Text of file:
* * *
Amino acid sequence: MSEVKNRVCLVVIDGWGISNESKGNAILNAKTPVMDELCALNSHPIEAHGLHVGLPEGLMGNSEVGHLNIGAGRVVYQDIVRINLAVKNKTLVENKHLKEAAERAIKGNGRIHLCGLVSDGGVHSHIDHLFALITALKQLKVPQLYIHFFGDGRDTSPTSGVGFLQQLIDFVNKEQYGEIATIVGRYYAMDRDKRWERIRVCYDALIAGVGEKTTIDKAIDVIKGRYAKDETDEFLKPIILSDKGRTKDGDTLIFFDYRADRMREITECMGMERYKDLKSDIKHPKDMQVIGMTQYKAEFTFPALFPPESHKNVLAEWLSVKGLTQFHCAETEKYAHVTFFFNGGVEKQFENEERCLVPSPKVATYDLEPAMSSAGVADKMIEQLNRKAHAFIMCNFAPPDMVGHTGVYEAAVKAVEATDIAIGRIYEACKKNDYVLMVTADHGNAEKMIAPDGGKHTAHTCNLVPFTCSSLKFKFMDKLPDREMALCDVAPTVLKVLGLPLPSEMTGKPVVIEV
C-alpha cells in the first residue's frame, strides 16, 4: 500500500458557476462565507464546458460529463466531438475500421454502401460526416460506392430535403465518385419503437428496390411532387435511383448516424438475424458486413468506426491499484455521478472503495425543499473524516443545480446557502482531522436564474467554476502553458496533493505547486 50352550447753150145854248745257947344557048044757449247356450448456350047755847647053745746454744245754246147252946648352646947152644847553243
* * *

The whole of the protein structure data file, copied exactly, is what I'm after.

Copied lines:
Amino acid sequence: MSEVKNRVCLVVIDGWGISNESKGNAILNAKTPVMDELCALNSHPIEAHGLHVGLPEGLMGNSEVGHLNIGAGRVVYQDIVRINLAVKNKTLVENKHLKEAAERAIKGNGRIHLCGLVSDGGVHSHIDHLFALITALKQLKVPQLYIHFFGDGRDTSPTSGVGFLQQLIDFVNKEQYGEIATIVGRYYAMDRDKRWERIRVCYDALIAGVGEKTTIDKAIDVIKGRYAKDETDEFLKPIILSDKGRTKDGDTLIFFDYRADRMREITECMGMERYKDLKSDIKHPKDMQVIGMTQYKAEFTFPALFPPESHKNVLAEWLSVKGLTQFHCAETEKYAHVTFFFNGGVEKQFENEERCLVPSPKVATYDLEPAMSSAGVADKMIEQLNRKAHAFIMCNFAPPDMVGHTGVYEAAVKAVEATDIAIGRIYEACKKNDYVLMVTADHGNAEKMIAPDGGKHTAHTCNLVPFTCSSLKFKFMDKLPDREMALCDVAPTVLKVLGLPLPSEMTGKPVVIEV
C-alpha cells in the first residue's frame, strides 16, 4: 500500500458557476462565507464546458460529463466531438475500421454502401460526416460506392430535403465518385419503437428496390411532387435511383448516424438475424458486413468506426491499484455521478472503495425543499473524516443545480446557502482531522436564474467554476502553458496533493505547486 50352550447753150145854248745257947344557048044757449247356450448456350047755847647053745746454744245754246147252946648352646947152644847553243